Upon seeing the film, two pieces of music on the soundtrack caught my attention - "Deportation" by score composer Gustavo Santaolalla, and the memorably melancholic "Bibo no Aozora" by Ryuichi Sakamoto, and these two haunting tracks were enough to convince me to buy the cd.
The two disc compilation, like the film, is a mixed bag, switching back and forth between Santaolalla's oud tracks for the Moroccan section, raucous Mexican party music for the wedding scenes, and Japanese pop and hip-hop for the Tokyo section. Personally I'd have been happy with just the Santaolalla and Sakamoto - the Mexican stuff is mostly simplistic and uninspired, with only "El Besito Cachicurris" displaying any complexity of melody or arrangement; and the dance music from the Japanese scenes feels out of place here, with Earth Wind and Fire's "September" in particular sticking out like a sore thumb (a great song, just not in this context).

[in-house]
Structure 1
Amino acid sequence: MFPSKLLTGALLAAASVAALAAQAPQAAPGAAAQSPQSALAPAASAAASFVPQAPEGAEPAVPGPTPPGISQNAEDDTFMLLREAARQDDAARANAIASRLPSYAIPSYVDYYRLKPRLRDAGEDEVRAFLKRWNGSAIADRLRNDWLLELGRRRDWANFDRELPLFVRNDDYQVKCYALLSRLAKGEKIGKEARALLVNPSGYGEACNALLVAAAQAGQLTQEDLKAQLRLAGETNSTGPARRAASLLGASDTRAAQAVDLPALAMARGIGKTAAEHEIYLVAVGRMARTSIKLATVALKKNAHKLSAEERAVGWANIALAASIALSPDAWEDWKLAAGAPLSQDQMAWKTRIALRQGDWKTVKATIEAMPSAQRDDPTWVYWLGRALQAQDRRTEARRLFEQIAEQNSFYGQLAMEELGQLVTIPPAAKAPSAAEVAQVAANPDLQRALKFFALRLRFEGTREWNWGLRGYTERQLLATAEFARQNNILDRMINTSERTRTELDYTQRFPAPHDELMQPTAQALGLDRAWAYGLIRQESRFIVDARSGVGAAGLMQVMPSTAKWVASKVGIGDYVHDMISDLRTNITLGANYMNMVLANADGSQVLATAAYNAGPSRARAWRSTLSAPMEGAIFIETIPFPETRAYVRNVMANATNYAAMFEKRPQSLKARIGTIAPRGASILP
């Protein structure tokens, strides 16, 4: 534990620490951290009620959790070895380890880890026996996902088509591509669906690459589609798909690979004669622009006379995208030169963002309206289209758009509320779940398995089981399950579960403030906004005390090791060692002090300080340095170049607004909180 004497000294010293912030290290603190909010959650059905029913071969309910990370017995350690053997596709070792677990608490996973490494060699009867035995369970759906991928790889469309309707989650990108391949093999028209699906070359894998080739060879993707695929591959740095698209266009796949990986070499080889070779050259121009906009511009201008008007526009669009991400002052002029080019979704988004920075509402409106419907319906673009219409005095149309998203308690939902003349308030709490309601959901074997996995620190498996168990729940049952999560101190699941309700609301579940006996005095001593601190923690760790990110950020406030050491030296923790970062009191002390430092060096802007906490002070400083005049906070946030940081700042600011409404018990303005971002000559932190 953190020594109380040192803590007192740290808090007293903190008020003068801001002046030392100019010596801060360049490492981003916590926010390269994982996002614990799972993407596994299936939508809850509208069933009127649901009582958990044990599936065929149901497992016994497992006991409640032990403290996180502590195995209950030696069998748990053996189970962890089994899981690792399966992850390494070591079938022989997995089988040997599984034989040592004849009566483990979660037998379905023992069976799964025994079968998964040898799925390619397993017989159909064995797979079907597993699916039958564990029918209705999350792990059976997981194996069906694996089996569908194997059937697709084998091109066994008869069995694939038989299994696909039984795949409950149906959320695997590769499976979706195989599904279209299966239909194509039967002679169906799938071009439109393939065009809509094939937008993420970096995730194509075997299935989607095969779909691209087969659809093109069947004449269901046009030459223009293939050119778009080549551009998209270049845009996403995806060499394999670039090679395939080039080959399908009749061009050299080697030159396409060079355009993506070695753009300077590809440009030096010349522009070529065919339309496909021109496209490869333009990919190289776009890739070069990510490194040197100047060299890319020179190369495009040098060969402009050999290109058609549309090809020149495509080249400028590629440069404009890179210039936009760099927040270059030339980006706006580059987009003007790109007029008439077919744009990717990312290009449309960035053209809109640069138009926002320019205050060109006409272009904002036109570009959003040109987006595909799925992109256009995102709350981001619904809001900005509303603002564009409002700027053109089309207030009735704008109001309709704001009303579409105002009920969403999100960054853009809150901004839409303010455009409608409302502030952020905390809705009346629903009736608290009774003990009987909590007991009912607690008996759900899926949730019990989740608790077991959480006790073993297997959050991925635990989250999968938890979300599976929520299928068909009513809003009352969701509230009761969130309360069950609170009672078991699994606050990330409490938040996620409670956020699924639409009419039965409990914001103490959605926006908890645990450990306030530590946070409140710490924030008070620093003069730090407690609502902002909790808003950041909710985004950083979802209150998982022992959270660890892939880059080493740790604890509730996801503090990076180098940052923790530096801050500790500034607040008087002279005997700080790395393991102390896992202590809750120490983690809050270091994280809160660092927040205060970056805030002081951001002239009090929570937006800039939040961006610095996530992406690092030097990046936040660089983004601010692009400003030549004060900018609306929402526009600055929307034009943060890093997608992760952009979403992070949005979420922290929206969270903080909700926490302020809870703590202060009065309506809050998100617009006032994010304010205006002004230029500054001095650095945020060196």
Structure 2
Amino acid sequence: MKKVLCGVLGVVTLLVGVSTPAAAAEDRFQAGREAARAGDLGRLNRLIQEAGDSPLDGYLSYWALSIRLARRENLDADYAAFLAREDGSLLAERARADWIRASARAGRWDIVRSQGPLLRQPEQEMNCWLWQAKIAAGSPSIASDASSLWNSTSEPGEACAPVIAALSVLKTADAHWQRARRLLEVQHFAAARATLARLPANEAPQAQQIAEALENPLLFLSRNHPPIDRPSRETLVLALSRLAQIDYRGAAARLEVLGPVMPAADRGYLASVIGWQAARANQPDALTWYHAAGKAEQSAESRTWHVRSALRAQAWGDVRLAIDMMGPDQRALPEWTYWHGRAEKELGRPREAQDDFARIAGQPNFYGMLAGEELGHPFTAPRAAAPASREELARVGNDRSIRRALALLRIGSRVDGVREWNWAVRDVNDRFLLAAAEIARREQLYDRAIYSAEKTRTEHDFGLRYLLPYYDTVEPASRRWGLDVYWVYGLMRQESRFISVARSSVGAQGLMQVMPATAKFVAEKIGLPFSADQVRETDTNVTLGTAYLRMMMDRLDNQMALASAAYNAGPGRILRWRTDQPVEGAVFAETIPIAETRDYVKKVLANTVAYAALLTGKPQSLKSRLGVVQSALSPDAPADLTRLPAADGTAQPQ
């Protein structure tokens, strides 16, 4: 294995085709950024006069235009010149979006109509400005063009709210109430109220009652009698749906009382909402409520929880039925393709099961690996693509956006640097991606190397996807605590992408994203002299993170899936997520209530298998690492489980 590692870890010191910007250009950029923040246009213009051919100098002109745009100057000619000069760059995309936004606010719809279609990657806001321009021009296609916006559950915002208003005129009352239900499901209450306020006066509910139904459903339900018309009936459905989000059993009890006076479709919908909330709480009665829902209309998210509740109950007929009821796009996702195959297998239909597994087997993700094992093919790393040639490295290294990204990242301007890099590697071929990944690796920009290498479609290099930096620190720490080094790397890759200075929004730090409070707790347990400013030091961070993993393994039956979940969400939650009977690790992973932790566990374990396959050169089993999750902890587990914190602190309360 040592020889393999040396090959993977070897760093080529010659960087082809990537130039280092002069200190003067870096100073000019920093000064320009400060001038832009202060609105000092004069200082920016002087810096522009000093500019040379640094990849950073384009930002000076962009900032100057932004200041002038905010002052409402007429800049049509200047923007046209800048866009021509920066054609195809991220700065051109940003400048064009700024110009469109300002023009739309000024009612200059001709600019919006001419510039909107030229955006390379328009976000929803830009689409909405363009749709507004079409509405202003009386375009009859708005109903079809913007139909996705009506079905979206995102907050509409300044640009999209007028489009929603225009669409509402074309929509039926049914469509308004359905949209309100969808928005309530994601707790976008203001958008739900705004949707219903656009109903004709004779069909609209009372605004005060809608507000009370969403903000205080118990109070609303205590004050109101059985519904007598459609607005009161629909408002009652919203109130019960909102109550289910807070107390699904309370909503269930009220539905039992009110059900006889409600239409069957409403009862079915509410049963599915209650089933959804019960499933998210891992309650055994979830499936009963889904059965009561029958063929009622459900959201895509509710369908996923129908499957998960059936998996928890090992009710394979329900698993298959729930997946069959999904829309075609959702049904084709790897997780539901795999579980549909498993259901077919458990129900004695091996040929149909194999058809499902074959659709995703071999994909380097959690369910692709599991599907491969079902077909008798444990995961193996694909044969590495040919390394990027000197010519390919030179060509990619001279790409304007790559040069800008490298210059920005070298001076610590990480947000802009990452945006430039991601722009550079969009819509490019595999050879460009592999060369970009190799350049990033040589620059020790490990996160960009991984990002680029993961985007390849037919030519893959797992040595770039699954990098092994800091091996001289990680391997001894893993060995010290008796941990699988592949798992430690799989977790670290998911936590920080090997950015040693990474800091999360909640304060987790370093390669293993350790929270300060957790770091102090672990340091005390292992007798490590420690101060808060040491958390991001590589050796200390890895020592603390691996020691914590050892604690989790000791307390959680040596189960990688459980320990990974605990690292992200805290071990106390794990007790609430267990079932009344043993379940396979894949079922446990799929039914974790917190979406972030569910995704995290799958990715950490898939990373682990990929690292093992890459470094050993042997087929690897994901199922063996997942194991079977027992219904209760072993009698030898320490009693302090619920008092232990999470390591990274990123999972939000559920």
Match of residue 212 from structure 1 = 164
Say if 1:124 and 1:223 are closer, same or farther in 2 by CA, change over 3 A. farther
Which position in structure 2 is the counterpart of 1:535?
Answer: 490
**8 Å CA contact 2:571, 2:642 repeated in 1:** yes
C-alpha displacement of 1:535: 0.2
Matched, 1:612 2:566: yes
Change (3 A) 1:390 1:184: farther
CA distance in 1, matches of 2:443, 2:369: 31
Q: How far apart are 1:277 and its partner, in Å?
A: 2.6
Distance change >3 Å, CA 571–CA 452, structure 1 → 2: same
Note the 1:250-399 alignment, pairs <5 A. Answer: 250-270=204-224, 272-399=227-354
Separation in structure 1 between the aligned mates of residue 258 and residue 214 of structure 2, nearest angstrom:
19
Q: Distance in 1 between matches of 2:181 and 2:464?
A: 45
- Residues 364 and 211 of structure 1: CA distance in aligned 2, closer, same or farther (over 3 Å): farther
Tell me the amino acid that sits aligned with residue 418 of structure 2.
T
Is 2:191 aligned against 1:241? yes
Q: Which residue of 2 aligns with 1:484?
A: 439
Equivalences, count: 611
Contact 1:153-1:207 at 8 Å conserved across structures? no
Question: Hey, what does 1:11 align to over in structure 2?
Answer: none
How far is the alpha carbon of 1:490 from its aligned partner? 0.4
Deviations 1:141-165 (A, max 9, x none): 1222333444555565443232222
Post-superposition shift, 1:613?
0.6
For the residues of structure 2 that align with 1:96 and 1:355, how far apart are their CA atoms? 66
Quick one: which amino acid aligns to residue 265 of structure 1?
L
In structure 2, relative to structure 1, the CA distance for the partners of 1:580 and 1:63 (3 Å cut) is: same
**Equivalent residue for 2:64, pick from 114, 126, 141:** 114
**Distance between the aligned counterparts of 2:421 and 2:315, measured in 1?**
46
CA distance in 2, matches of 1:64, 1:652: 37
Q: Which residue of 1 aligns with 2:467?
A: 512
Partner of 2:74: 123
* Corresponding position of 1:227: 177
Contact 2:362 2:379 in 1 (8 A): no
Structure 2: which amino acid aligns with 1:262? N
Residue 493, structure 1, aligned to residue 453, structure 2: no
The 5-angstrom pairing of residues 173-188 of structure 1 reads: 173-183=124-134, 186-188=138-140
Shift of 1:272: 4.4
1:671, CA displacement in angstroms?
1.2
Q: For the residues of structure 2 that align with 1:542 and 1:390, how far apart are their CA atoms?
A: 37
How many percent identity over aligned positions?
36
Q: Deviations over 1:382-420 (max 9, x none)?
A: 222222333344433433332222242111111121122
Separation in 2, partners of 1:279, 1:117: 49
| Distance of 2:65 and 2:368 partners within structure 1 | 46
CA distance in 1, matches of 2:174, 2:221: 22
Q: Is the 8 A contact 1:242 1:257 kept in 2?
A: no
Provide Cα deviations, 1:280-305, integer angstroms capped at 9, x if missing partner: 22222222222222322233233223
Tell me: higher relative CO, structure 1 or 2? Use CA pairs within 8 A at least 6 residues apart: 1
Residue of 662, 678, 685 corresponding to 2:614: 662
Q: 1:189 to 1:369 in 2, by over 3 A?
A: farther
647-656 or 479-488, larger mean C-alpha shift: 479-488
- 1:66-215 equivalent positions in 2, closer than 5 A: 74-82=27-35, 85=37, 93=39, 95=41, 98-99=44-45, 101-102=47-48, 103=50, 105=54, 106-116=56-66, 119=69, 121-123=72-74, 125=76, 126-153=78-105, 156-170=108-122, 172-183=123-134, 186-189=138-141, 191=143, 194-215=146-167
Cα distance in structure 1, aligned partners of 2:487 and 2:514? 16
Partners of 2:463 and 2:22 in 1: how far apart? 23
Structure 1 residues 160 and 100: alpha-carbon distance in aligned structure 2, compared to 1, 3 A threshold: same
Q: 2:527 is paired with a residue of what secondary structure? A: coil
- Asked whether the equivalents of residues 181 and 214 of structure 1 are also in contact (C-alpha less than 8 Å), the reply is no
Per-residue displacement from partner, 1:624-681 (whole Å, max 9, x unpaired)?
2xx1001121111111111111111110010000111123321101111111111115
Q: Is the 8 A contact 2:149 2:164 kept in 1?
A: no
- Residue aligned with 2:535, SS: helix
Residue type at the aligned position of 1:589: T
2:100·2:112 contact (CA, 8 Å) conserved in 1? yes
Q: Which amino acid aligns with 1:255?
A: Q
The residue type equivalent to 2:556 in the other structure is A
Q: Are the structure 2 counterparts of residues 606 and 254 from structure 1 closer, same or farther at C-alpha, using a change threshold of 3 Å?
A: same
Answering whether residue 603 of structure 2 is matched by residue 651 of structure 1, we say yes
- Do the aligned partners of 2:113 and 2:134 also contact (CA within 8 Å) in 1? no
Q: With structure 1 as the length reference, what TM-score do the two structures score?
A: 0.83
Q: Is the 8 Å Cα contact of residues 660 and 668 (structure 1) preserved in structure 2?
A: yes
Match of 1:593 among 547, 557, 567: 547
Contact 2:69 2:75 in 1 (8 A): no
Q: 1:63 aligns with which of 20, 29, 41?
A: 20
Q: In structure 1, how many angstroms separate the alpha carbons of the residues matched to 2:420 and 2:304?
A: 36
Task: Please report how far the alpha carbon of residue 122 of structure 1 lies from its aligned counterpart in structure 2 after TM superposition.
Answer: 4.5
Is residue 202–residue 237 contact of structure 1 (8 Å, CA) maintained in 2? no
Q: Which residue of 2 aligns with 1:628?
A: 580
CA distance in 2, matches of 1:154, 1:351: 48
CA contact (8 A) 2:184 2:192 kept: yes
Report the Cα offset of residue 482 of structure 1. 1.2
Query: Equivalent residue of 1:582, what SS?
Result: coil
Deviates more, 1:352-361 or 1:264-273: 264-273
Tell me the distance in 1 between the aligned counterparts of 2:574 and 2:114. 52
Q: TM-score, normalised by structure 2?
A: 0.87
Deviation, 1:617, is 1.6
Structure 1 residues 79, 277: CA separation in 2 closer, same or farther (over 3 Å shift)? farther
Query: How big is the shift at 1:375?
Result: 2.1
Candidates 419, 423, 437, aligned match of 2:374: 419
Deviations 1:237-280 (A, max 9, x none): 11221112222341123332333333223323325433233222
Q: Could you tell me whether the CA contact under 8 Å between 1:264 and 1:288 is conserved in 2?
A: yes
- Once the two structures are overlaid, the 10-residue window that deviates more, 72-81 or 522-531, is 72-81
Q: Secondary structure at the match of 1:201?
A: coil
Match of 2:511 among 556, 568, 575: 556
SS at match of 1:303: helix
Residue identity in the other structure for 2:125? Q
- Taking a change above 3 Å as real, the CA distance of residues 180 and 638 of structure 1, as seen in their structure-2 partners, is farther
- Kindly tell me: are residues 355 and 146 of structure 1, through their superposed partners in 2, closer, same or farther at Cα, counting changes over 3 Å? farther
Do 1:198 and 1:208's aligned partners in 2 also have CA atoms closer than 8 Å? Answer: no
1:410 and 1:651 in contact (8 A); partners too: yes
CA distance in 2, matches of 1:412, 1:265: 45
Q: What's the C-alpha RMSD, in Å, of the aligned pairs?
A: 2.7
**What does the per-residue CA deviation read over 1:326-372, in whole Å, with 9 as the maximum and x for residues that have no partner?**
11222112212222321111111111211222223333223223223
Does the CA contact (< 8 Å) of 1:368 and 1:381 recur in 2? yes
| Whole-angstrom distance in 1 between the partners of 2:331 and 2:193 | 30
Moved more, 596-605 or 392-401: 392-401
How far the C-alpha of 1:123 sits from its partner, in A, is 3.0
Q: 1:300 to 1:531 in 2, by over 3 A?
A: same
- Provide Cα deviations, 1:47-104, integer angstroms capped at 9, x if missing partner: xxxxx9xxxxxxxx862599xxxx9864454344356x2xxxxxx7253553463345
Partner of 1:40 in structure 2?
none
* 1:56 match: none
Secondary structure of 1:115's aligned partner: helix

But Santaolalla's original score is hypnotic and atmospheric, and justifies the purchase.
By the way, don't be put off by the "music from and inspired by" label - this is no cynical cash-in: the extra tracks mesh well with the ones featured in the film, and as the director explains in the liner notes, often inspired scenes in the film, rather than being inspired by them.